Last week we saw one of the most heartbreaking withdrawals in PGA history. Jon Rahm was crushing the field through almost three full rounds at the Memorial Tournament when he found out that he had tested positive for COVID-19 and had to withdraw.
Controversy over payouts and refunds and whether those are correct, warranted or even good for the industry ensued. For the novice bettor, the question that was asked most often is what did his withdrawal actually do to the odds? That is what we are going to discuss today.
How did Jon Rahm’s withdrawal affect the futures odds?
The pre-tournament odds had Rahm at about 10-1, depending on when you made the bet. Those odds were locked when everyone teed off. The way the futures pool works is that every golfer is assigned odds based on their probability of winning plus a little bit of built-in cushion so the books can have a little profit margin. It is a business after all, and running the platforms are not free (or cheap), so we do not begrudge them taking a profit for their services. In Rahm’s case, a 10-1 odds or +1000 is an implied probability of winning that is roughly 9%. Remember that every odds number can be converted into a percentage. If you did this for every golfer in the tournament and added them together the total odds would be greater than 100%. This is because of the built-in cushion the books use to give themselves a profit margin. So even without Rahm in the tournament anymore, you probably still had the rest of the golfers add up to 120-140% minus the 9% probability of Rahm winning. What Rahm’s withdrawal effectively did is give a better chance of winning and higher ROI potential to those who had bets on someone else.
How did Jon Rahm’s withdrawal affect the live odds?
This is the market where you could have really made some money if you were in. As a golfer’s chance of winning a tournament increases, his odds will drop. Rahm started at 10-1 in the futures market, but as he started to take the lead, those live odds dropped down to 8-1, 5-1, 2-1 and eventually to a negative number, meaning he had an implied probability of winning that was over 50% as his lead grew to six shots. Remember from above that every golfer’s odds can be converted into a probable chance of winning. So as Rahm dropped from 10-1 or a 9% probability to -150 or a 60% probability, that means other guys’ odds and probabilities had to move in the opposite direction. Rahm going from a 9% to 60% chance to win means other guys went from a 5-8% chance to just 1-2%. In fact, you could have gotten 10-1 or better on every other golfer left in the pool. By that point Saturday, nothing short of an absolute meltdown by Rahm, an unbelievable round by one of his closest chasers, or some act of god (like COVID-19) was stopping him from winning.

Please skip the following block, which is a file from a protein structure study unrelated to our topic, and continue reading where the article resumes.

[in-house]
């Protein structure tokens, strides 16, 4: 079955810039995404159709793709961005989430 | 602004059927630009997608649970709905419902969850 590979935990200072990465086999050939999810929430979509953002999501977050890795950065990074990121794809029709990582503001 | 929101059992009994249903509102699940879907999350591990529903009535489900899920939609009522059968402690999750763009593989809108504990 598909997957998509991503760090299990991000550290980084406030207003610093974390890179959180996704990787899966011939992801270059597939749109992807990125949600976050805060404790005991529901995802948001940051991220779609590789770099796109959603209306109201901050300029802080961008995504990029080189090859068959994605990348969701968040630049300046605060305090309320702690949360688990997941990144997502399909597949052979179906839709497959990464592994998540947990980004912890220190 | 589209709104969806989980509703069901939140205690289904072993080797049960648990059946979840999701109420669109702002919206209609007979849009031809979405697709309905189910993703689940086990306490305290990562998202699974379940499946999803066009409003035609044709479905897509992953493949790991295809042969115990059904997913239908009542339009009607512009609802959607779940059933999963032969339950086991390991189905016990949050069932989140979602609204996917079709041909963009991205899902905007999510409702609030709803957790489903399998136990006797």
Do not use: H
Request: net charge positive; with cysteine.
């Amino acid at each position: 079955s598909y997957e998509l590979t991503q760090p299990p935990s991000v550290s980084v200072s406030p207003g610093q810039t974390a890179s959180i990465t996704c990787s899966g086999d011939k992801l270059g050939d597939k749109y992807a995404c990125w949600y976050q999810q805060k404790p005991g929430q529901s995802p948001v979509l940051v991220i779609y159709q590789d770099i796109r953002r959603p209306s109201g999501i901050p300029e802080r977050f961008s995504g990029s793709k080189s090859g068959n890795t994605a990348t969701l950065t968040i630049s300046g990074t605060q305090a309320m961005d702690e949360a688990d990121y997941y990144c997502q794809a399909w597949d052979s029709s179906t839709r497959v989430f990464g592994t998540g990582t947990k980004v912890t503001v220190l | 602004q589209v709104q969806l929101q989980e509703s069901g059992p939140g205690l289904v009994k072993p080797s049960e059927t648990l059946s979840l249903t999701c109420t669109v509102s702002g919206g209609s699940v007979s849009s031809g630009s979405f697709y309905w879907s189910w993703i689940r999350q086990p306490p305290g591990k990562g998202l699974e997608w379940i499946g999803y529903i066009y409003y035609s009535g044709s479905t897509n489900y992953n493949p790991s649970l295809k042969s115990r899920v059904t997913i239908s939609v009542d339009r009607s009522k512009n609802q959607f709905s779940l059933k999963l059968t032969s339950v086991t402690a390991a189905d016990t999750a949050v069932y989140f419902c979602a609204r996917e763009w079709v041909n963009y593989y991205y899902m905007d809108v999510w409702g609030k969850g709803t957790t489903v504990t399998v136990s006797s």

This is where things went a little crazy for those who were in game or in round betting PGA last weekend. When Rahm was announced as a withdrawal, the entire odds board shut down. As stated above, the probability and thus odds on any of the other guys winning at that time were long. Once you take the leader out of the mix though and with the massive lead he had, things changed quickly. If Tipico Sportsbook left up the odds as they were before the Rahm WD, they would have had a massive liability. The leader and likeliest winner would have been out of the tournament and the bets everyone would be making had payouts of 20-1, 50-1 or 100-1 on golfers that now had a realistic shot of winning again. The odds crept up that high because Rahm was so far ahead. Normally a golfer who was eight or nine strokes behind with one round to play would be basically drawing dead, so those kind of odds were warranted. When you remove the leader by six strokes though, that guy who was nine strokes behind and out of the tournament now has a realistic shot, because he’s back to only three strokes behind the guy in front. A guy who was three strokes behind should have had odds that were one-tenth what they were when he was nine strokes back. That 50-1 shot should have dropped to 5-1 or 8-1, and that is exactly what we saw happen when the odds board came back without Rahm on top of it. For those lucky enough to have made bets Saturday, this was a chance to capture some amazing value. For those who waited until after to make a bet, you had to now take the odds as they were with the new set of information and new probabilities of winning.
This situation was not a common one where a runaway leader was forced to withdraw. That said, it was not the first and probably will not be the last time you ever see it happen. I’m not saying we will have another leader withdraw with a positive COVID-19 test, but you may have leaders or golfers near the lead withdraw for any number of reasons, such as an injury. Trying to game the system to get good odds on an injury is impossible. No one can predict when a shot will tweak a back or a guy will get a positive COVID-19 test. All you can do is understand that if you made a bet before the withdrawal, you probably got better odds than you should have. If you make one after, just realize that you probably will not get the chance to take that golfer at the same price after big news like the Rahm withdraw does actually happen.